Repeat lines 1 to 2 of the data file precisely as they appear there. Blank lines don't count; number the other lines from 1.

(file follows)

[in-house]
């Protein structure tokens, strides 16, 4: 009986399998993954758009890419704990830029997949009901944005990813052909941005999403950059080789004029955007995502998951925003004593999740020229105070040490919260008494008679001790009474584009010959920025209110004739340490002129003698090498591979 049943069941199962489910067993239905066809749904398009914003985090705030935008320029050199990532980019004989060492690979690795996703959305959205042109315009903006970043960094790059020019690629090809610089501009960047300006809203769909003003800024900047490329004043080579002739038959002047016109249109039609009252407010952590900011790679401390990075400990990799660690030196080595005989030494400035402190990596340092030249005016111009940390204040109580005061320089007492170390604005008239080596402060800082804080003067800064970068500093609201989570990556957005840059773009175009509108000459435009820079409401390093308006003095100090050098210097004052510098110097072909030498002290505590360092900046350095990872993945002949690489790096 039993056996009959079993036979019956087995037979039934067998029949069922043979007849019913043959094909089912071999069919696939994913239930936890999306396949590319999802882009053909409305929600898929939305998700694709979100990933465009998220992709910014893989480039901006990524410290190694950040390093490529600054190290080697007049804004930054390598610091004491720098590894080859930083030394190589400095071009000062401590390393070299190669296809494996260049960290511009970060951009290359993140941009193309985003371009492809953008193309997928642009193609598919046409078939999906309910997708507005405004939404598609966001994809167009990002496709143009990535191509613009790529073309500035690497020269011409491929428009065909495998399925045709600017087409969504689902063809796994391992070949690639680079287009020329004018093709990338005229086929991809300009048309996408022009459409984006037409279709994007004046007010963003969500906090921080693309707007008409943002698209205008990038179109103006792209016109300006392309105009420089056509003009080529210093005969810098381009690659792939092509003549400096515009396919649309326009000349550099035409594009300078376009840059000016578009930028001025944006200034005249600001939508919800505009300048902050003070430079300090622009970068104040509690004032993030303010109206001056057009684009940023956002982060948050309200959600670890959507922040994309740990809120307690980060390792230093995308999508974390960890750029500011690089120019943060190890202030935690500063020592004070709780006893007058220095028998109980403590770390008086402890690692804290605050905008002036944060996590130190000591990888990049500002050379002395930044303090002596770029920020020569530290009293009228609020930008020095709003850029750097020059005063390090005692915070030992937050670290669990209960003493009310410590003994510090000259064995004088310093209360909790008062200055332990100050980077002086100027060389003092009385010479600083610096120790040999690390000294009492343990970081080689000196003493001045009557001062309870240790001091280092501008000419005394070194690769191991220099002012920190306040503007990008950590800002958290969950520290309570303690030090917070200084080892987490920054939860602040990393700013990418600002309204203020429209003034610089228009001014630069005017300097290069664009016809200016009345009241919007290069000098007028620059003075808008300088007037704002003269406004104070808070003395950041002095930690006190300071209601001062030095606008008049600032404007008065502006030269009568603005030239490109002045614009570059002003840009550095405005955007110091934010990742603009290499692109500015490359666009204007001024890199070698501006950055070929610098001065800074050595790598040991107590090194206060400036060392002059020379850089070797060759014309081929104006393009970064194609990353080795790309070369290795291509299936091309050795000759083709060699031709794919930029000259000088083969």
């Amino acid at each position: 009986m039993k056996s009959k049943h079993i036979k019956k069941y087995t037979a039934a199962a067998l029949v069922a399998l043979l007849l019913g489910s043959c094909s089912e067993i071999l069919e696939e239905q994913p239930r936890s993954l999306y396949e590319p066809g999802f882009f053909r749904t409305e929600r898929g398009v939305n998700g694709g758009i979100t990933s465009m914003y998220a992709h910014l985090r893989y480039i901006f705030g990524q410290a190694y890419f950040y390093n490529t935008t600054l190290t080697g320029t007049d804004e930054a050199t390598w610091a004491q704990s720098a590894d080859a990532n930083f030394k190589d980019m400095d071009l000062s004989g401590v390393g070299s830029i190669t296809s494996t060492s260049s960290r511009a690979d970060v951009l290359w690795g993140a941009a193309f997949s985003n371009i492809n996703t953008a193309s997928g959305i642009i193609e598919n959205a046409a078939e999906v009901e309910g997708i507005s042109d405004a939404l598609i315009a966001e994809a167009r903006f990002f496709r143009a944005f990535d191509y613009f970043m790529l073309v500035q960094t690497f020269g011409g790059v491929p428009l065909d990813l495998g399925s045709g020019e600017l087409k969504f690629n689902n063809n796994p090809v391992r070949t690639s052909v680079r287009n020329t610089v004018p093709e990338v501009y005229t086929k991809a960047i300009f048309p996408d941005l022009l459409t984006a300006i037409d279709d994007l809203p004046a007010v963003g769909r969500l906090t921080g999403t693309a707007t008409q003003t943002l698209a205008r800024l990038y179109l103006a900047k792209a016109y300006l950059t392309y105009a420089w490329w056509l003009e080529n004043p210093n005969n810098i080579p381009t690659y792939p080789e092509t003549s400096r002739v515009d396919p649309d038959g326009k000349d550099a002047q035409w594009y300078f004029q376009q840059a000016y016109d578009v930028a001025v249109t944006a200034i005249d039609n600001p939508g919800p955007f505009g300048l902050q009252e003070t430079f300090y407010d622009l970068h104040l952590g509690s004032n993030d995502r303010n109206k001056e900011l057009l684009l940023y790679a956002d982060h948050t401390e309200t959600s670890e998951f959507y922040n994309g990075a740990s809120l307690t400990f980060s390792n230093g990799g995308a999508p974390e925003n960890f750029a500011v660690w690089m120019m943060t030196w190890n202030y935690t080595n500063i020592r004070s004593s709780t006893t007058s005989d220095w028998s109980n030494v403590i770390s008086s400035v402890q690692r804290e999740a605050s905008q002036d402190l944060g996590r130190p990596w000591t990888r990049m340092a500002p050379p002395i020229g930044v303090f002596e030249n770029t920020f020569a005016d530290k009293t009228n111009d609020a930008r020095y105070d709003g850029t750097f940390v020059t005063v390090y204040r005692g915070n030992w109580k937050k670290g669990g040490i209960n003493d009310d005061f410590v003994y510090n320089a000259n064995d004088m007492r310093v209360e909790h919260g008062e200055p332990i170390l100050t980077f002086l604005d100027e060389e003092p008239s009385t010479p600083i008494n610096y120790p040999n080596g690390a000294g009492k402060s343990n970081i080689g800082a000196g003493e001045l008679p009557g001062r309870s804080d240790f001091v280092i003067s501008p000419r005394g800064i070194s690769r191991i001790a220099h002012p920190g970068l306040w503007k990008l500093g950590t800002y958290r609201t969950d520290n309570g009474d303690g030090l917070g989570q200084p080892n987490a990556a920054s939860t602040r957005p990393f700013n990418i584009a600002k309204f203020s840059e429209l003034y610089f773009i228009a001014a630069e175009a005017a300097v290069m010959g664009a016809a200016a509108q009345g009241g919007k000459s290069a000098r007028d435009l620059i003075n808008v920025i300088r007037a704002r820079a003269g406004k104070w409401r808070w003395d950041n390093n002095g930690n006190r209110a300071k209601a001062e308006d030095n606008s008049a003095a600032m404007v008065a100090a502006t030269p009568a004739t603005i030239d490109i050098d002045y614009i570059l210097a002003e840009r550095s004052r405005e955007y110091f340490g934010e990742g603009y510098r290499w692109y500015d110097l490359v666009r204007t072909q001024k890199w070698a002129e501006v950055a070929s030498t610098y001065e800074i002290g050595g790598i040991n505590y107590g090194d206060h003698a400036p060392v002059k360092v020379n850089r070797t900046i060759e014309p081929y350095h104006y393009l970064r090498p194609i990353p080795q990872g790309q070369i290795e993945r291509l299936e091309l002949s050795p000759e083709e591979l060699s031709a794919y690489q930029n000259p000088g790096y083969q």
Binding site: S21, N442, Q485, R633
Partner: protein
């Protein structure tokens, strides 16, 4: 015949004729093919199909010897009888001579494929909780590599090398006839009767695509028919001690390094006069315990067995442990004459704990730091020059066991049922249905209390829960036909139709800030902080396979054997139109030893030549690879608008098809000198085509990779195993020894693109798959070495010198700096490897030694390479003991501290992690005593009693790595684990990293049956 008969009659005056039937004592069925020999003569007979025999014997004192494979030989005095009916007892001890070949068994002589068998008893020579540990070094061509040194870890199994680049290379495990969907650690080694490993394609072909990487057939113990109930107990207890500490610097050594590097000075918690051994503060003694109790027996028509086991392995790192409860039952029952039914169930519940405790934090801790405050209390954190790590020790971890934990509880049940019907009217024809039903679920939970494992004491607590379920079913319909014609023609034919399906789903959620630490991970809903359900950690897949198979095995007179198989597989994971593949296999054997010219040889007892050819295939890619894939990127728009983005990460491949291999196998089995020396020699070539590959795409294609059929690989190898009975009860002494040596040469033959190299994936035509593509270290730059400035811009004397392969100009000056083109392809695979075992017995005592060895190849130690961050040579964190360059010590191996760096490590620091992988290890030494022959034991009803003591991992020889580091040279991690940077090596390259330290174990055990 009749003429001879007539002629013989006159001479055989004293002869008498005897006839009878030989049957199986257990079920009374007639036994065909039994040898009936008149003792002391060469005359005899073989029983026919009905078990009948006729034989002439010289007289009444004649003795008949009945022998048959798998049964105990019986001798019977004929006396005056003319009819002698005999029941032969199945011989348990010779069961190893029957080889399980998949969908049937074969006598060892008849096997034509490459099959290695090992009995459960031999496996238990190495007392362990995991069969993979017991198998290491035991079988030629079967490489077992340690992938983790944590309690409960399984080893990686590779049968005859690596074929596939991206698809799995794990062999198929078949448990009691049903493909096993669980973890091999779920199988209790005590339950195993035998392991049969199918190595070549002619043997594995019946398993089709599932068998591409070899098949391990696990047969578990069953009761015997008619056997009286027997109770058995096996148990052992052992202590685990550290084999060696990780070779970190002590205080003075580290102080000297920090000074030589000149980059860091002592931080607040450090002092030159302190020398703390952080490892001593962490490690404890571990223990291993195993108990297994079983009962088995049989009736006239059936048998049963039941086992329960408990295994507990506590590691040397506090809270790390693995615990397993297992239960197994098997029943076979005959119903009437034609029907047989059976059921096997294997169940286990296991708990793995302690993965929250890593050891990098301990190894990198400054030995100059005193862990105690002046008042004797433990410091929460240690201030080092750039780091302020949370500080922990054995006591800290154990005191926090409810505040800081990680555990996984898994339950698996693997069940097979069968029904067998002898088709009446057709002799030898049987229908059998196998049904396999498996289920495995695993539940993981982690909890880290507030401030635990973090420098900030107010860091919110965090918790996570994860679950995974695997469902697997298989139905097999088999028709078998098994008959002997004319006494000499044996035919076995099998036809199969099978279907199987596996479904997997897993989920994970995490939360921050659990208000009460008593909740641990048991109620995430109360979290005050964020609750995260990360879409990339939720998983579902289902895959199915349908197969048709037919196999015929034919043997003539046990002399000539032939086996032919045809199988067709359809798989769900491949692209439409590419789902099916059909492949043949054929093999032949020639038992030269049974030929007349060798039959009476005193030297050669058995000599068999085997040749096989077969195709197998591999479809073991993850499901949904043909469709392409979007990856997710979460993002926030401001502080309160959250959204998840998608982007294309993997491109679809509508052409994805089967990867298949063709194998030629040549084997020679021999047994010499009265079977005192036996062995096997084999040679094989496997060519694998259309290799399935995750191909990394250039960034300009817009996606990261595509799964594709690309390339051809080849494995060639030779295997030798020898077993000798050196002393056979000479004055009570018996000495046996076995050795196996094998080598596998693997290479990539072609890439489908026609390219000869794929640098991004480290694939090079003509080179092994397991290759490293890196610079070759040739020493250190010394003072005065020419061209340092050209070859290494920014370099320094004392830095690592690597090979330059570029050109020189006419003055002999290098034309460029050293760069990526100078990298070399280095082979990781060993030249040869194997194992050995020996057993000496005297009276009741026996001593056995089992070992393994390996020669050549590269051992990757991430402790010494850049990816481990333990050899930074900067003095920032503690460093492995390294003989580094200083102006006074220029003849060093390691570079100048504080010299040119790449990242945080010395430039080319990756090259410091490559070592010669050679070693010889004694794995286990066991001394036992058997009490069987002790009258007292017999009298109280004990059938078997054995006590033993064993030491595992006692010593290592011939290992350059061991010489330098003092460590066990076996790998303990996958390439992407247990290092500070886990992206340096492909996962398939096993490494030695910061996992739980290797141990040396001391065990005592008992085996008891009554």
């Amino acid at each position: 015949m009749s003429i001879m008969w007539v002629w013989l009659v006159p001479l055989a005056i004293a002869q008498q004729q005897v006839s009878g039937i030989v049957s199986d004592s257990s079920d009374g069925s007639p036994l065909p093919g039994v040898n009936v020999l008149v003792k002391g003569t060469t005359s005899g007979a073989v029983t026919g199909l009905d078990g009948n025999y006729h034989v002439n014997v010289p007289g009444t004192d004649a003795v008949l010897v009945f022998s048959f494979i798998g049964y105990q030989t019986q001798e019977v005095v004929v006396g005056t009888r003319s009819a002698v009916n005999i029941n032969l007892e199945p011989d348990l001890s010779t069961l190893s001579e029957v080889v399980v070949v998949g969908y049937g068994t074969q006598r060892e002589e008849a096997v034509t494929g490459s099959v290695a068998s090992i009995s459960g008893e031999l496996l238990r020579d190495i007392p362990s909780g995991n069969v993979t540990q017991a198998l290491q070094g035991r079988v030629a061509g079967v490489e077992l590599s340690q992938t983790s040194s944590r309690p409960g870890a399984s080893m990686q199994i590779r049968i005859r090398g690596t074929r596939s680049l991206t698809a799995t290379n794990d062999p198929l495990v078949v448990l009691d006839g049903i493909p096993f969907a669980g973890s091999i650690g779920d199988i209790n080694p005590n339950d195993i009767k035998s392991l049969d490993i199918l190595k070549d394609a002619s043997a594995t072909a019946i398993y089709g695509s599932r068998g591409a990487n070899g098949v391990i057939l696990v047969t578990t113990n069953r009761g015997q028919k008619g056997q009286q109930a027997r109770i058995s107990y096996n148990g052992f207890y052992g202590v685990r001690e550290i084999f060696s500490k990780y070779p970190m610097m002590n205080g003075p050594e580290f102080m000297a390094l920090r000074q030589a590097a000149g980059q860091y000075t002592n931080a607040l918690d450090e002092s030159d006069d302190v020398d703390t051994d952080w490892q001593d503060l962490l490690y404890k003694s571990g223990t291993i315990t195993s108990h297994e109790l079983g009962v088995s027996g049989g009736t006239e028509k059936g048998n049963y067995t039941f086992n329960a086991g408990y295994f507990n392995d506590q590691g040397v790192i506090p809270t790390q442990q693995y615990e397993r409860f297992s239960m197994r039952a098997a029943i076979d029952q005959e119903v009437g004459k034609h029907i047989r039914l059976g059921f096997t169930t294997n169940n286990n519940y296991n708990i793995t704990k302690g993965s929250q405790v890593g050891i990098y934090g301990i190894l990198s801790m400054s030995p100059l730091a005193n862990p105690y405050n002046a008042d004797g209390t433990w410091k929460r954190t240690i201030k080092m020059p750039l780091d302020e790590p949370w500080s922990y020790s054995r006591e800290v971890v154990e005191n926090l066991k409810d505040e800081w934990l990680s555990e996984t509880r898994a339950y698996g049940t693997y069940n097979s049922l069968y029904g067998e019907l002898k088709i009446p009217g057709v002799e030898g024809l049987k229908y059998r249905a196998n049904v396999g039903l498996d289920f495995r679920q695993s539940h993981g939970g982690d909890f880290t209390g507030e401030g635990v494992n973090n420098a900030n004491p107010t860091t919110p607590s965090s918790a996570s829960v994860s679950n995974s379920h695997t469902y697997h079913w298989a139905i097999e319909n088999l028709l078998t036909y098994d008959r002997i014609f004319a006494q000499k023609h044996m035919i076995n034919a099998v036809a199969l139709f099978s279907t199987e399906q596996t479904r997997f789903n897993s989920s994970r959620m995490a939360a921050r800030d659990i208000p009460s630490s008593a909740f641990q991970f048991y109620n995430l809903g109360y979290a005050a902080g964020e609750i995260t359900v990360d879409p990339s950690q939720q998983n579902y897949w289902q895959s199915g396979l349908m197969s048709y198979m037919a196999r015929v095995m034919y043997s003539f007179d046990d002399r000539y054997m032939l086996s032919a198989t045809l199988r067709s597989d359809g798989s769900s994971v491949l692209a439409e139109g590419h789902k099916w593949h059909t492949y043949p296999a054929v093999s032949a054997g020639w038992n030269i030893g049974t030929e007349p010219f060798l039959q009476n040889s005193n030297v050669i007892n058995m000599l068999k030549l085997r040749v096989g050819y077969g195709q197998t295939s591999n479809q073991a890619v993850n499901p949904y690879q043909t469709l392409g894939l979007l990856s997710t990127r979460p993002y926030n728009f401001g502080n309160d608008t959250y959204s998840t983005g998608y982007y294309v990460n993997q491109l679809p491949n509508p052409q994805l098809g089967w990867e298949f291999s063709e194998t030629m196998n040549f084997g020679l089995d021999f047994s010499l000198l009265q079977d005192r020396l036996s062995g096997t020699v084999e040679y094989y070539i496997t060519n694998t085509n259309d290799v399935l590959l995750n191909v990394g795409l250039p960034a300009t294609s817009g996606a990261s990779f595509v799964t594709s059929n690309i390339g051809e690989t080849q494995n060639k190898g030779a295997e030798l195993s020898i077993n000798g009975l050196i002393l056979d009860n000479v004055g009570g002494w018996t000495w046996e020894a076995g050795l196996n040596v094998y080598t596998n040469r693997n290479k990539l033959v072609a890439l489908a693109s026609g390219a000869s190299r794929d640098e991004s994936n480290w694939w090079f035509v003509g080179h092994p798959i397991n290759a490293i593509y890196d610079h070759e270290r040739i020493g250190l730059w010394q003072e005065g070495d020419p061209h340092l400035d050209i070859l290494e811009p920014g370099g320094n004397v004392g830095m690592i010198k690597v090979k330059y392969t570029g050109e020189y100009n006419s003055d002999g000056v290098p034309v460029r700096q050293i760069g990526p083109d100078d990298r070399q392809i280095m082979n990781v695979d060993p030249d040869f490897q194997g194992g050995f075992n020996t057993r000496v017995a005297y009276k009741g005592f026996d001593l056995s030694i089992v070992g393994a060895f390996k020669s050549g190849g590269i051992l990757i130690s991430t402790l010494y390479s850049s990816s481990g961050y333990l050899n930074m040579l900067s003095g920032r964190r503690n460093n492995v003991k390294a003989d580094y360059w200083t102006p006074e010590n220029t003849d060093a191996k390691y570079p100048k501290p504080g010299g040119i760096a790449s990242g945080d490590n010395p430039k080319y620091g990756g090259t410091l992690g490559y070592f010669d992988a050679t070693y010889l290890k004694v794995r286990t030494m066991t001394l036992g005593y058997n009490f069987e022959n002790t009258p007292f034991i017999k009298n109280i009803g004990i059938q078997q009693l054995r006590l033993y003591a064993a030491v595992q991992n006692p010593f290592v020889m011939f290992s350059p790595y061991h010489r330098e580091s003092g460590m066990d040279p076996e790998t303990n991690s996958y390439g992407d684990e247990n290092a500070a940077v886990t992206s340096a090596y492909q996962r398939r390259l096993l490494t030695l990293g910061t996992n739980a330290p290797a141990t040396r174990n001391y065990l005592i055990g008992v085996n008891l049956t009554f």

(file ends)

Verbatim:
[in-house]
């Protein structure tokens, strides 16, 4: 009986399998993954758009890419704990830029997949009901944005990813052909941005999403950059080789004029955007995502998951925003004593999740020229105070040490919260008494008679001790009474584009010959920025209110004739340490002129003698090498591979 049943069941199962489910067993239905066809749904398009914003985090705030935008320029050199990532980019004989060492690979690795996703959305959205042109315009903006970043960094790059020019690629090809610089501009960047300006809203769909003003800024900047490329004043080579002739038959002047016109249109039609009252407010952590900011790679401390990075400990990799660690030196080595005989030494400035402190990596340092030249005016111009940390204040109580005061320089007492170390604005008239080596402060800082804080003067800064970068500093609201989570990556957005840059773009175009509108000459435009820079409401390093308006003095100090050098210097004052510098110097072909030498002290505590360092900046350095990872993945002949690489790096 039993056996009959079993036979019956087995037979039934067998029949069922043979007849019913043959094909089912071999069919696939994913239930936890999306396949590319999802882009053909409305929600898929939305998700694709979100990933465009998220992709910014893989480039901006990524410290190694950040390093490529600054190290080697007049804004930054390598610091004491720098590894080859930083030394190589400095071009000062401590390393070299190669296809494996260049960290511009970060951009290359993140941009193309985003371009492809953008193309997928642009193609598919046409078939999906309910997708507005405004939404598609966001994809167009990002496709143009990535191509613009790529073309500035690497020269011409491929428009065909495998399925045709600017087409969504689902063809796994391992070949690639680079287009020329004018093709990338005229086929991809300009048309996408022009459409984006037409279709994007004046007010963003969500906090921080693309707007008409943002698209205008990038179109103006792209016109300006392309105009420089056509003009080529210093005969810098381009690659792939092509003549400096515009396919649309326009000349550099035409594009300078376009840059000016578009930028001025944006200034005249600001939508919800505009300048902050003070430079300090622009970068104040509690004032993030303010109206001056057009684009940023956002982060948050309200959600670890959507922040994309740990809120307690980060390792230093995308999508974390960890750029500011690089120019943060190890202030935690500063020592004070709780006893007058220095028998109980403590770390008086402890690692804290605050905008002036944060996590130190000591990888990049500002050379002395930044303090002596770029920020020569530290009293009228609020930008020095709003850029750097020059005063390090005692915070030992937050670290669990209960003493009310410590003994510090000259064995004088310093209360909790008062200055332990100050980077002086100027060389003092009385010479600083610096120790040999690390000294009492343990970081080689000196003493001045009557001062309870240790001091280092501008000419005394070194690769191991220099002012920190306040503007990008950590800002958290969950520290309570303690030090917070200084080892987490920054939860602040990393700013990418600002309204203020429209003034610089228009001014630069005017300097290069664009016809200016009345009241919007290069000098007028620059003075808008300088007037704002003269406004104070808070003395950041002095930690006190300071209601001062030095606008008049600032404007008065502006030269009568603005030239490109002045614009570059002003840009550095405005955007110091934010990742603009290499692109500015490359666009204007001024890199070698501006950055070929610098001065800074050595790598040991107590090194206060400036060392002059020379850089070797060759014309081929104006393009970064194609990353080795790309070369290795291509299936091309050795000759083709060699031709794919930029000259000088083969």